10 Self Care Habits I Need You To Start ASAP

I’m done with the BS of people being shamed, labeled, and disregarded for having mental health problems. I don’t care if you’ve been diagnosed with something, if your mental health is constantly disturbed, or only sometimes, or never. As someone who has struggled with depression, OCD, and many other things, there is no better way for me to say this: you are the most important person in your life, and it is time you acted like it. Whether the stress of classes, the burden of not being home, too much work, not enough sleep, or just life, are things that may cause you to feel off and distant, I need you to understand that you can get better. If you’ve been depressed your whole life, or only when you’re alone, or you have anxiety, or not at all, everyone can benefit from taking care of themselves.

1. Get Enough Sleep

I understand that as college students, a perfect sleep schedule isn’t feasible. But there’s ways to work around it. For our age group, it’s recommended to have 8-10 hours of sleep every night. If you find yourself going to bed late to do work, and waking up early for classes, separate time in your day when you’re not busy to take naps. Naps of 30-90 minutes are ideal, so you’re tired enough to fall asleep the next night, but you get the rest you need. If you find yourself having a lack of sleep because you’re never tired, always eat a full, balanced meal right before you go to sleep, and about two hours prior take a walk, or go to the gym, and tired your body out so it’ll be easier to rest. If you’re sleeping too much, and finding it hard to get out of bed, schedule your day ahead of time so you have plans to do that will make you get out of bed at a reasonable time.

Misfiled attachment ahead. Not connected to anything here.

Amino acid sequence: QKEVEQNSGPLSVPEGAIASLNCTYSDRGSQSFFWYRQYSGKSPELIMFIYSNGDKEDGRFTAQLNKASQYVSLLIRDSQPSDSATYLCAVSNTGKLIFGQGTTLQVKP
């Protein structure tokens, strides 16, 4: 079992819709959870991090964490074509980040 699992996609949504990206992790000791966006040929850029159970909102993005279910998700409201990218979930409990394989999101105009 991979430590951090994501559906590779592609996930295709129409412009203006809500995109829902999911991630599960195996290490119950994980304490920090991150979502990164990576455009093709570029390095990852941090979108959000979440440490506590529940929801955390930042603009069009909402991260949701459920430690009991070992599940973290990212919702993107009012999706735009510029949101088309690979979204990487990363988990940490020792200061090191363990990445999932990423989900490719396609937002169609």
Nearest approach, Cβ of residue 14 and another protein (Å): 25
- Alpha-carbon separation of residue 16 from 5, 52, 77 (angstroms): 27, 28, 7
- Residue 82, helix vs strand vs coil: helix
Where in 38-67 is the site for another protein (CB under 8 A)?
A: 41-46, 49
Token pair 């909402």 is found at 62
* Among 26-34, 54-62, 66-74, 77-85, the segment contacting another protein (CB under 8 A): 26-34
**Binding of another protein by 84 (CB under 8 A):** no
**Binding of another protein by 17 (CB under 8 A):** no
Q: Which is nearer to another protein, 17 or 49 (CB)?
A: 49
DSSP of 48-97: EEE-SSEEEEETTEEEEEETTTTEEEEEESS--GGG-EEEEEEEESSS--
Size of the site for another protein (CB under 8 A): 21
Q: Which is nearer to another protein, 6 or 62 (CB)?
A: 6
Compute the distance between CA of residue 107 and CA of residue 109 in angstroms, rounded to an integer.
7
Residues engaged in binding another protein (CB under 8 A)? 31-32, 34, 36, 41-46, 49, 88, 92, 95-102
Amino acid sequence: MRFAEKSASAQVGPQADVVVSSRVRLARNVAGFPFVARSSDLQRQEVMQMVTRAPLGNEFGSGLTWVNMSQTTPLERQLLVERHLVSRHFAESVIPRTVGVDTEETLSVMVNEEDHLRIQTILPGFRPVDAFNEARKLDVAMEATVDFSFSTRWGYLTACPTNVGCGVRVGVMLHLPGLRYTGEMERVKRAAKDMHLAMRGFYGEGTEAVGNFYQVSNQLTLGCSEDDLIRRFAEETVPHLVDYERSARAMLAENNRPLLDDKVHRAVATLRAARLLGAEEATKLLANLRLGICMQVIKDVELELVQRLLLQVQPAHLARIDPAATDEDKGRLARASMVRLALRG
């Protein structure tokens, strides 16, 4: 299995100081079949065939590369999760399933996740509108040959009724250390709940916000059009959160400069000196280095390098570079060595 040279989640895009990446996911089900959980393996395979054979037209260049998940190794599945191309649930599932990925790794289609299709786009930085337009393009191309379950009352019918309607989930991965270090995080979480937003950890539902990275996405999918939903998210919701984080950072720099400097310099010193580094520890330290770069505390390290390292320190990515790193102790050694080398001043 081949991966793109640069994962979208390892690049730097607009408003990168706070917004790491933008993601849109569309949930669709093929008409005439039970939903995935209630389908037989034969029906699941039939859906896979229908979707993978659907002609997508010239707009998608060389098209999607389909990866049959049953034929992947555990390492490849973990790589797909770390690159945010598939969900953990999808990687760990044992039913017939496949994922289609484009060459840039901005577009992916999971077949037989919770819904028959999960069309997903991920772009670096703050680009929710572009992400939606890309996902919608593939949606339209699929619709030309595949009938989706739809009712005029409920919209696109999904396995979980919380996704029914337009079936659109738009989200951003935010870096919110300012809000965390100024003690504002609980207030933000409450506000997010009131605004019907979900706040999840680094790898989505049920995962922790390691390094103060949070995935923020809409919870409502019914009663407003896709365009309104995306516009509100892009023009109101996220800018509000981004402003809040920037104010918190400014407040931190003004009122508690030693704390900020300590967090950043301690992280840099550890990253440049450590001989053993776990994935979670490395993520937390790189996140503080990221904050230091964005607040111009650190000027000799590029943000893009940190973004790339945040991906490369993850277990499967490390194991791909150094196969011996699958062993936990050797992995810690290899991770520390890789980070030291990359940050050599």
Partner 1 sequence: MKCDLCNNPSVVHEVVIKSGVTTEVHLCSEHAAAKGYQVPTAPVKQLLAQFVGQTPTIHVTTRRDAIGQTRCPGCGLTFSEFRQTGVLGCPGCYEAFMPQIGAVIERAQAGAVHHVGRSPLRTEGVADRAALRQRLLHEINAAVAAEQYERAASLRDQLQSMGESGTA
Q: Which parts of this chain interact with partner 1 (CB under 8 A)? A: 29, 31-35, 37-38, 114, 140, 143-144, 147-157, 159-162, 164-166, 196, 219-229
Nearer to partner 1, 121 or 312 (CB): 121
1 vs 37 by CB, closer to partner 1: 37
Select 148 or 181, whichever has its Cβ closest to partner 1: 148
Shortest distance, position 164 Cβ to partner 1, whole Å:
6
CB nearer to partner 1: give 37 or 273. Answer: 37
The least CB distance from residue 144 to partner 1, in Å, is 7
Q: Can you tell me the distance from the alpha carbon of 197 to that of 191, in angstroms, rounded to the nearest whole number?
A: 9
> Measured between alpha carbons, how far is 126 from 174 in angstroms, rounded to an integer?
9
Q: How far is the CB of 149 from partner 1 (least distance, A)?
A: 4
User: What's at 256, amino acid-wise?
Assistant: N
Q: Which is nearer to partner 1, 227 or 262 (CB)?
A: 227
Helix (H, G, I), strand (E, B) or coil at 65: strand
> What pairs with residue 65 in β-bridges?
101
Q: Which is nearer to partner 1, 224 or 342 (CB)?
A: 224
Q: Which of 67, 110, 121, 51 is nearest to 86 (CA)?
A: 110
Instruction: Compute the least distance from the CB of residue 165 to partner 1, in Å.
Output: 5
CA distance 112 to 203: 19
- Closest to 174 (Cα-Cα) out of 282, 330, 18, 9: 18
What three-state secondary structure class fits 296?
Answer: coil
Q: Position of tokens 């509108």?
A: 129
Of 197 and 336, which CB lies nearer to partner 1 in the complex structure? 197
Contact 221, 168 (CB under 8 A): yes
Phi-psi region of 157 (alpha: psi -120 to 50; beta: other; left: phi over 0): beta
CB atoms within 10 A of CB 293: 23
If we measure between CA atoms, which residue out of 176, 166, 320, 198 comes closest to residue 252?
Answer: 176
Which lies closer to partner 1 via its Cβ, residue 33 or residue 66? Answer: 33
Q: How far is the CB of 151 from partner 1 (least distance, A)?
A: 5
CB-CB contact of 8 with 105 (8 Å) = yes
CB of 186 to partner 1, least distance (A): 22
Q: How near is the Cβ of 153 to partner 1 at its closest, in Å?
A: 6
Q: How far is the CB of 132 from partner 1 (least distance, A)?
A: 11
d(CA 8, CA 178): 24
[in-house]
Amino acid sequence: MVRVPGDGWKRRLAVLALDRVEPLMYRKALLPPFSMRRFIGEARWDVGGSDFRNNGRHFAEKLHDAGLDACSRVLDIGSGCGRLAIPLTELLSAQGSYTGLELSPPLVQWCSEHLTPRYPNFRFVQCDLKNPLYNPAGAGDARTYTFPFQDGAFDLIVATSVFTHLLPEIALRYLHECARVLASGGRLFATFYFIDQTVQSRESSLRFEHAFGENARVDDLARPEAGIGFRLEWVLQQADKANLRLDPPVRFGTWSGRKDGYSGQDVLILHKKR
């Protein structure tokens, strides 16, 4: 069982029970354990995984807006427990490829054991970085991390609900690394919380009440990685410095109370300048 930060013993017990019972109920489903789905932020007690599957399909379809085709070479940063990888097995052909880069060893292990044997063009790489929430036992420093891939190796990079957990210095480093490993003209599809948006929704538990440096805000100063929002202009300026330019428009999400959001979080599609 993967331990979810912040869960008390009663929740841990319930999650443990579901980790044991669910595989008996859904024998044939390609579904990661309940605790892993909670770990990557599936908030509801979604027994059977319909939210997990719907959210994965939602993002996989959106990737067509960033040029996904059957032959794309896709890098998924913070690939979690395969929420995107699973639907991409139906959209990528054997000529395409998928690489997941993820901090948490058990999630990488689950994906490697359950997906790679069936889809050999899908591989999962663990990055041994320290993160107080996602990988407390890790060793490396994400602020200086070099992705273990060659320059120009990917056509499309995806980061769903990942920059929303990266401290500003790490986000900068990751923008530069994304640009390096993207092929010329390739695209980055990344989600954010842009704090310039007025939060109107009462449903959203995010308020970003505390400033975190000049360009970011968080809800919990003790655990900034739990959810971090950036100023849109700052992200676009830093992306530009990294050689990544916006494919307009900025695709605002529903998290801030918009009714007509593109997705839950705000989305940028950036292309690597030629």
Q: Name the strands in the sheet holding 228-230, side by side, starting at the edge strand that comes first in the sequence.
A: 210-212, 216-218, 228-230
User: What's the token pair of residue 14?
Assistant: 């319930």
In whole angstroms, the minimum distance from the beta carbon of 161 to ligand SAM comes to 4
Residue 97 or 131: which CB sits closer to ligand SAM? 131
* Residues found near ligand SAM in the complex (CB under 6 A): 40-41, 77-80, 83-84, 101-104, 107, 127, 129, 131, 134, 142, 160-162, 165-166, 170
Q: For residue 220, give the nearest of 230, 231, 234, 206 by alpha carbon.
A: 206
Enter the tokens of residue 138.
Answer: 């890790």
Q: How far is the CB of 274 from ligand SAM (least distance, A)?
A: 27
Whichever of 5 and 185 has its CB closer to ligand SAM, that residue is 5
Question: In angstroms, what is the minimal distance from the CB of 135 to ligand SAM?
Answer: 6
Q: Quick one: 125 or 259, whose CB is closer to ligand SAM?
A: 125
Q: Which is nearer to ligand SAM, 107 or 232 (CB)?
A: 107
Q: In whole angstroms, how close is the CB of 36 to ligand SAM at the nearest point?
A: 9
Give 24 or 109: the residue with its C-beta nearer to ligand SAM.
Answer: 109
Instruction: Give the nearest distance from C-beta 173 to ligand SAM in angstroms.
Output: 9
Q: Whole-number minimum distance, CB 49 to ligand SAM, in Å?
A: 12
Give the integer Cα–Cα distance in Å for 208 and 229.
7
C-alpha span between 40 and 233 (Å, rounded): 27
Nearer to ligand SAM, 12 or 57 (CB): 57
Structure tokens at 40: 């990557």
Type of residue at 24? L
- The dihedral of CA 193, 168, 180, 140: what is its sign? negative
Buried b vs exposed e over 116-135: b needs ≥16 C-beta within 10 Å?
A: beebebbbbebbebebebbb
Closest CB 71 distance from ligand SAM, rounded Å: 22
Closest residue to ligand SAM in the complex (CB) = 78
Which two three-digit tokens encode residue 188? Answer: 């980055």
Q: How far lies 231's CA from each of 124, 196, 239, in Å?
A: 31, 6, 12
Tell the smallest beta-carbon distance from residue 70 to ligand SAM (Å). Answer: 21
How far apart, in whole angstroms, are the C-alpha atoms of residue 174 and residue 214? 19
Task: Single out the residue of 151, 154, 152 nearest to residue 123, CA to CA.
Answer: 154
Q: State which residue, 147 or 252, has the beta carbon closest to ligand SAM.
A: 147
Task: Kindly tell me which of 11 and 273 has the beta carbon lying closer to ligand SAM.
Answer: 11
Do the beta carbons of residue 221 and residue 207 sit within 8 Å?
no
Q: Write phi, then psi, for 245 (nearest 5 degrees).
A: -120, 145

2. Spend Time Outside

I’m not trying to sound like your mom who’s telling you to get off your phone and go outside, but being outdoors has big benefits. It’s starting to slowly warm up as we near February, so instead of studying in your dorm or the library, sit in the dell, in the middle of the academic quad, or the gazebo by the lake. Bring friends with you, and you can walk into town together, or just sit somewhere and relax. The sun provides you with vitamins, you get fresh air, you move around which can improve sleep and appetite, and loosen up sore muscles and joint problems.

3. Be Open About Your Struggle

If you ever feel like your life is falling apart, don’t worry because everyone around you probably feels the same. Things like anxiety, depression, dysphoria, and stress are not avoidable, so if you need someone to talk to, talk to them. Pull a friend aside and explain how you feel and how you need help. If they don’t understand, go to your RA because they definitely will. Dealing with mental illness alone is a million times more difficult than without the support you have right in front of you.